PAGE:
Monday 22 January 2018

Scheme was supposed to battle climate change but could cost £400m

Jonathan Bell addresses the media at Parliament Buildings in Stormont, Belfast. Photo: Liam McBurney/PA Wire
Jonathan Bell addresses the media at Parliament Buildings in Stormont, Belfast. Photo: Liam McBurney/PA Wire
Cormac McQuinn

Cormac McQuinn

The Renewable Heating Incentive scheme at the centre of the 'cash for ash' controversy was set up in 2012.

It was supposed to help businesses and the public sector with the cost of installing environmentally friendly heating systems, including wood pellet burners, as part of the battle against climate change. Current Northern Ireland First Minister Arlene Forster was the minister at the energy department when it was introduced.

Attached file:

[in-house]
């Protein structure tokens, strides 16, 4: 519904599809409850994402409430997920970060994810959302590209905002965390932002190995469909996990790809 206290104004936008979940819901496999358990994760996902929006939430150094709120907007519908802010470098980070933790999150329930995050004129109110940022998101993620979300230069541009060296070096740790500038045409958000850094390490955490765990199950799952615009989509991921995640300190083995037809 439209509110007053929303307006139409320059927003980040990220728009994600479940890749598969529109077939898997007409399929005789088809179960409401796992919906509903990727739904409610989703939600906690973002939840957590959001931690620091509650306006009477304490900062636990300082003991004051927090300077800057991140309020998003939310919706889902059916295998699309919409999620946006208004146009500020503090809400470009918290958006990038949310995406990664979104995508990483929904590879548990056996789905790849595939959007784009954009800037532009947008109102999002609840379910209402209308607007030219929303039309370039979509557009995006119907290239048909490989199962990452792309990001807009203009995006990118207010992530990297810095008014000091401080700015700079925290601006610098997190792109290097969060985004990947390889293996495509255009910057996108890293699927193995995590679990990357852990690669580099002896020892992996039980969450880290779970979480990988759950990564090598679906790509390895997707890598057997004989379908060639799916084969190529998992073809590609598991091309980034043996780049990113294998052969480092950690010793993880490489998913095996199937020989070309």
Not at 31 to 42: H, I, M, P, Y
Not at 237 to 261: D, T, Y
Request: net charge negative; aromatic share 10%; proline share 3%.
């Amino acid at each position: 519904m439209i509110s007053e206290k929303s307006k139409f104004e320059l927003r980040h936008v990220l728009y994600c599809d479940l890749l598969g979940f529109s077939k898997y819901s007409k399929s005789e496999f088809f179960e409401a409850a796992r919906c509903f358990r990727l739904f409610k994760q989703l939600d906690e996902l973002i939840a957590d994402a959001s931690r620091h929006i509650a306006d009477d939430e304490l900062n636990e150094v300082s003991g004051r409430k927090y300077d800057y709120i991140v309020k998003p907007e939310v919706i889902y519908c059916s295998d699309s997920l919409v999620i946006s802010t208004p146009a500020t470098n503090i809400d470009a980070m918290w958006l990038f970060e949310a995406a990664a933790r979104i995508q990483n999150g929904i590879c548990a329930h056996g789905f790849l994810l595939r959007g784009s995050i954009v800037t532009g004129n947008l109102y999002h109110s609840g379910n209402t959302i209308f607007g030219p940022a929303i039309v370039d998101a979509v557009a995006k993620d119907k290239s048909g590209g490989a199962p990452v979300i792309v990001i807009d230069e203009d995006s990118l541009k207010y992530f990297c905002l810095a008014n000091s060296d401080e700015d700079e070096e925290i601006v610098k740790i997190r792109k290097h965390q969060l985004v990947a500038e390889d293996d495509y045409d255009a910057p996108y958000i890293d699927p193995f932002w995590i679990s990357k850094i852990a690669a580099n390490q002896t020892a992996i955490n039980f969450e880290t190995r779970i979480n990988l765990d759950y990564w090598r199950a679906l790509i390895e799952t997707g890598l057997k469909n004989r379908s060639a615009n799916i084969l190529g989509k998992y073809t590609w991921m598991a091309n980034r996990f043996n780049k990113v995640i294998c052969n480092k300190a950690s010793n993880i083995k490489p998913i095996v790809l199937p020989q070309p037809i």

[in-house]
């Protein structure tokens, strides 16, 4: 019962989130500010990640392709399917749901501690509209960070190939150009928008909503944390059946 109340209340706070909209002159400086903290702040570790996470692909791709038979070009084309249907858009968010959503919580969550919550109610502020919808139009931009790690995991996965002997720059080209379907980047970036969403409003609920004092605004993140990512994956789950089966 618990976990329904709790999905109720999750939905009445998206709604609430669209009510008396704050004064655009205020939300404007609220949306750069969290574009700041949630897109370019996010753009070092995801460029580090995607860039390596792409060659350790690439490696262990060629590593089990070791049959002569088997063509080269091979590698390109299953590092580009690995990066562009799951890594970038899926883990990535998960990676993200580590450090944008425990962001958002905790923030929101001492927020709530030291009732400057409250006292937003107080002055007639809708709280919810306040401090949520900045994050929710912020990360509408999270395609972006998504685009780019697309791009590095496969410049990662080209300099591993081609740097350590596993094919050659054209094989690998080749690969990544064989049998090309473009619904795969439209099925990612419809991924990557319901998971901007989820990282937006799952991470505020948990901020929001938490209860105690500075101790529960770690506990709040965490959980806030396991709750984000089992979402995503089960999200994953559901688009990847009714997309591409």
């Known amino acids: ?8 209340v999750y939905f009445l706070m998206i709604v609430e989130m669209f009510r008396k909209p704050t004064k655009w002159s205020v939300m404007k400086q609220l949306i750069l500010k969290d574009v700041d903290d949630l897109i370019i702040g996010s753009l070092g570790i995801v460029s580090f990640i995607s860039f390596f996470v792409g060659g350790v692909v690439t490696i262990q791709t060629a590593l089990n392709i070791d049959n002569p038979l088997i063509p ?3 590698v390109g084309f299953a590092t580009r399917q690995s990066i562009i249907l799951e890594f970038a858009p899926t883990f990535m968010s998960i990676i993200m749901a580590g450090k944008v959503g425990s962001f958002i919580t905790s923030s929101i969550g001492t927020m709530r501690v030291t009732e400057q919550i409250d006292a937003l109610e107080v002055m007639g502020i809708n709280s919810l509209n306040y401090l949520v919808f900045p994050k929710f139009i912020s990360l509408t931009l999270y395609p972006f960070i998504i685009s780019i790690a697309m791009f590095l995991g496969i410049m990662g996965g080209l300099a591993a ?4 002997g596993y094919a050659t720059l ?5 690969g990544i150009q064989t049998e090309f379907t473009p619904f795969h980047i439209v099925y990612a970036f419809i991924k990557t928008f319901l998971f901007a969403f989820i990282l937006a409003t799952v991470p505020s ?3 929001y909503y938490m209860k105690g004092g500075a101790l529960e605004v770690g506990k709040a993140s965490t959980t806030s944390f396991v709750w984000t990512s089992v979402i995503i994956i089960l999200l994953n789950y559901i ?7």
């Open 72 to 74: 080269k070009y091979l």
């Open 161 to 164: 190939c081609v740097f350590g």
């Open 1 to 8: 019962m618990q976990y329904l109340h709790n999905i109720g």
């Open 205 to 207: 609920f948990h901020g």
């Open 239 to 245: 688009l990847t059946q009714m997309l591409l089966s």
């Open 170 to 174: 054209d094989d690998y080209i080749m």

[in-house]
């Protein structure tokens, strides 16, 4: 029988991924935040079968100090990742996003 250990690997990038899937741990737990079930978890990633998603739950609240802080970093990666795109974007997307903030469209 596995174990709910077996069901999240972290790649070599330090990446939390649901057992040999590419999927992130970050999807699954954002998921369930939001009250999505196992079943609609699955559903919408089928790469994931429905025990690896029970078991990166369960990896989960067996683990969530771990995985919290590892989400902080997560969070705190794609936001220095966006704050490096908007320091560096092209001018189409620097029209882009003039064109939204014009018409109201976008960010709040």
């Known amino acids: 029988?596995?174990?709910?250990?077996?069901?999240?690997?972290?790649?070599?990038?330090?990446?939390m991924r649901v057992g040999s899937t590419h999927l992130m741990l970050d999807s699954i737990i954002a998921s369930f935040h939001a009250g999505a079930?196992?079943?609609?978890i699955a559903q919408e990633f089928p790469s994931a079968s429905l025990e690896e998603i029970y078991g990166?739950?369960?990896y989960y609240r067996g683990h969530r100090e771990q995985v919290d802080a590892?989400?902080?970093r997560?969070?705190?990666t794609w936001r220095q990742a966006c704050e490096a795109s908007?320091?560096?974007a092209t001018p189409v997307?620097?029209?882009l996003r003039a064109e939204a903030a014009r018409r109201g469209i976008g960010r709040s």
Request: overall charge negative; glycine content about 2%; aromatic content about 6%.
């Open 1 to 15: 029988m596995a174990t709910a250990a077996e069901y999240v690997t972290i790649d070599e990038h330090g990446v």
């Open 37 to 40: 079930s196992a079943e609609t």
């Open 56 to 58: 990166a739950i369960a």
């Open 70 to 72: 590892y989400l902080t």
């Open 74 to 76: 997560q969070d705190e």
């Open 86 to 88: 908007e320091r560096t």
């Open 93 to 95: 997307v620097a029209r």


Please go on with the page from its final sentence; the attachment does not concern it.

Her successor Jonathan Bell closed the scheme to new applicants in February after a spike in applications and a whistleblower made allegations that it was being abused. One of the claims was that a farmer aimed to collect £1m over 20 years to heat an empty shed. There are fears that flaws in the scheme could cost the UK taxpayer £400m (€475m).

Irish Independent

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